Angel Face (IBA)
Rich apricot and apple with a backbone of botanical gin. Balanced rather than dry or sweet.
This drink looks better when stirred but the original 1930 recipe is shaken and we think it tastes better for it - that is unless you add some water to increase the dilution of the stirred recipe.
This is a fantastic, tangy cocktail and dangerously easy to drink - too many of these and you really will be flying.
Dry Martini (IBA)
Readers of Embury will know he had a bone dry palate and Martinis made to his specification are just that, and with the correct dilution, fabulous.
#16 in Top 100
The Manhattan is complex, challenging and moreish. Best of all, it's available in a style to suit every palate.
#9 in Top 100
Bitter and dry, but very tasty. This no namby-pamby drink is traditionally assembled and mixed directly in the glass. There is something about a Negroni that does not suit fussing about with mixing glasses and strainers. To garnish with a lemon slice is a heinous crime but I am quite partial to a fat orange wedge.
Old Fashioned (IBA)
#4 in Top 100
As with the Martini, the glass this cocktail is served in has taken the name of the drink. Its origin stems from the adaptation and renaming of a similar drink known as the Whisky Cocktail which was shaken and served up. Who did the adapting and renaming is unknown.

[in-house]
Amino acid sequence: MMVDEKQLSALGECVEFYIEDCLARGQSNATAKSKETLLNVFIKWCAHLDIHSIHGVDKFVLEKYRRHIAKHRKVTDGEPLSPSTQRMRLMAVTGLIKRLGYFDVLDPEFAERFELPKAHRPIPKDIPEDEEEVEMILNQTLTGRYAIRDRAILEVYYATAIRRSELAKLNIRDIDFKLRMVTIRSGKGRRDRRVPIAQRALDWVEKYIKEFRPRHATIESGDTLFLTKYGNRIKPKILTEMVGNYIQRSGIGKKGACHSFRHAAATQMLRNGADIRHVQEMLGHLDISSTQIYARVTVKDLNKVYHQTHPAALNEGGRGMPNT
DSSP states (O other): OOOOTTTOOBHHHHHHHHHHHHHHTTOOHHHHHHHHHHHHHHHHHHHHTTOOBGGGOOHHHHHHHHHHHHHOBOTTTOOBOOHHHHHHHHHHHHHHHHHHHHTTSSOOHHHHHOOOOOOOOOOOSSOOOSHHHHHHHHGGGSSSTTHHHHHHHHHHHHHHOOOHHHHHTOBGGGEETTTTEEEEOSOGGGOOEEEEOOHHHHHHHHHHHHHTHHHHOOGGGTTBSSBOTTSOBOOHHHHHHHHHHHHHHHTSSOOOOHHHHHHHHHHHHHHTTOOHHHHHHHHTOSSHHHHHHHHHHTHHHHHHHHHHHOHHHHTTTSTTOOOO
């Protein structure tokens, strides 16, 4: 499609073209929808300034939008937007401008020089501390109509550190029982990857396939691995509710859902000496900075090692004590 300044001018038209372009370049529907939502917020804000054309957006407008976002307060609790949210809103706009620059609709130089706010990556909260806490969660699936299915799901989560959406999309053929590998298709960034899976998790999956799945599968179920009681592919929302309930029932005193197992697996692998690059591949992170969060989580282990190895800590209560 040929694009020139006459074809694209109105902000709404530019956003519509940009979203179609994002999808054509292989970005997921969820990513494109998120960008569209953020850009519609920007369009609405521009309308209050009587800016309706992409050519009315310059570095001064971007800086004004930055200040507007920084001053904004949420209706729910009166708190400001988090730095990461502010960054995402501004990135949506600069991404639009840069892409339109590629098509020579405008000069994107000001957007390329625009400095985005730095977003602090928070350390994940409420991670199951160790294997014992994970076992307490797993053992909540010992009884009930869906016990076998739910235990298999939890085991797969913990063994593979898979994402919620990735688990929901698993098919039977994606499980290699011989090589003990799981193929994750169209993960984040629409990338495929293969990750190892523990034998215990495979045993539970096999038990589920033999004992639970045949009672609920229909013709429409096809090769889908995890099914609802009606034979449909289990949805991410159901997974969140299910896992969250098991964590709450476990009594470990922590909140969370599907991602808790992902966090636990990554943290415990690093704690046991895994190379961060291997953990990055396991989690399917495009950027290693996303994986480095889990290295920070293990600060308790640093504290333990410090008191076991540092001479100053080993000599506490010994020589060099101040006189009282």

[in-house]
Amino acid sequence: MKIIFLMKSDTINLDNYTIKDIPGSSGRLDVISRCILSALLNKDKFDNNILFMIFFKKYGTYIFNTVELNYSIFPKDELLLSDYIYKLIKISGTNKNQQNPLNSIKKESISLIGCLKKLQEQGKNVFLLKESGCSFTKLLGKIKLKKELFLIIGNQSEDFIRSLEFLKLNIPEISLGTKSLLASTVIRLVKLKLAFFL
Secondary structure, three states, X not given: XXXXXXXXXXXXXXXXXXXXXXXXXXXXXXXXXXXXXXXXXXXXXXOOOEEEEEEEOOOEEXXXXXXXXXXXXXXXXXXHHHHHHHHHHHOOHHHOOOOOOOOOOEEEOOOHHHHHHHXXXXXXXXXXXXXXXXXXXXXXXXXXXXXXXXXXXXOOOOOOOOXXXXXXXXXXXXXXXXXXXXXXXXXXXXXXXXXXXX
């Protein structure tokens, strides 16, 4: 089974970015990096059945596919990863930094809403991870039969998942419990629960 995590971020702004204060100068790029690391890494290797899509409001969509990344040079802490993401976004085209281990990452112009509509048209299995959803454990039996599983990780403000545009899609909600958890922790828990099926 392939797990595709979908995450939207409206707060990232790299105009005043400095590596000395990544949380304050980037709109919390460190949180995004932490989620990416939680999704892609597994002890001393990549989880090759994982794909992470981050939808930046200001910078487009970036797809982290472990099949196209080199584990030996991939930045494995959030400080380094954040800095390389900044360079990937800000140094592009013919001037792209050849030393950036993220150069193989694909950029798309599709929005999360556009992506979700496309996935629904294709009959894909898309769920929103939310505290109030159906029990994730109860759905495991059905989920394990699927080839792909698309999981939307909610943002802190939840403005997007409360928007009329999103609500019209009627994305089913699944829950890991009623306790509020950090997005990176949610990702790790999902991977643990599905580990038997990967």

Planter's Punch (IBA)
#75 in Top 100
Invented in the late 19th century by the founder of Myers's rum, Fred L. Myers. The recipe on the back of each bottle is known as the 'Old Plantation formula' and uses classic rum punch proportions of 1 sour (lime), 2 sweet (sugar), 3 strong (rum) and 4 weak (water). Rather than this or the American formula ( 1 sour, 2 sweet, 3 weak, and 4 strong), I've followed David A. Embury's recommendation of 1 sweet, 2 sour, 3 strong and 4 weak.
#14 in Top 100
While bartenders in other cities have complicated the Sazerac by using a combination of spirits (us included), in New Orleans they keep it simple: straight rye whisky with a dash of sugar, stirred and strained into an Herbsaint washed glass.
#66 in Top 100
The sidecar is a cocktail traditionally made with cognac, orange liqueur (Cointreau, Grand Marnier, Dry Curaçao, or some other triple sec), plus lemon juice. In its ingredients, the drink is perhaps most closely related to the older brandy crusta, which differs both in presentation and in proportions of its components.
Ramos Gin Fizz (IBA)
#54 in Top 100
One of the great classic cocktails. The perfect balance of sweet and sour is enhanced by the incredibly smooth, almost fluffy mouthfeel.
Black Russian (IBA)
#31 in Top 100
This popular cocktail is often served topped with cola, when it becomes a Colorado Bulldog.
Champagne Cocktail (IBA)
#67 in Top 100
Perhaps somewhat over-hyped, but this classic cocktail remains as popular as ever. Starts bone dry and becomes slightly sweeter as you reach the dissolving cube at the bottom, depending on how briskly you drink of course.
#5 in Top 100
The Cosmopolitan was originally made with citrus vodka but this recipe works just as well with unflavoured vodka, and when a good quality cranberry juice is used, we prefer the simplicity of unflavoured vodka in this cocktail.
Cuba Libre (IBA)
#13 in Top 100
Basically a rum and coke with a squeeze of lime, but Cuba Libre has much more of a ring about it. And it is much more of a drink, the squeeze of lime adds layers of complexity, balancing the sweetness of the cola.
French Connection (IBA)
#49 in Top 100
The apricot and almond notes in amaretto combine perfectly with cognac in this simple drink.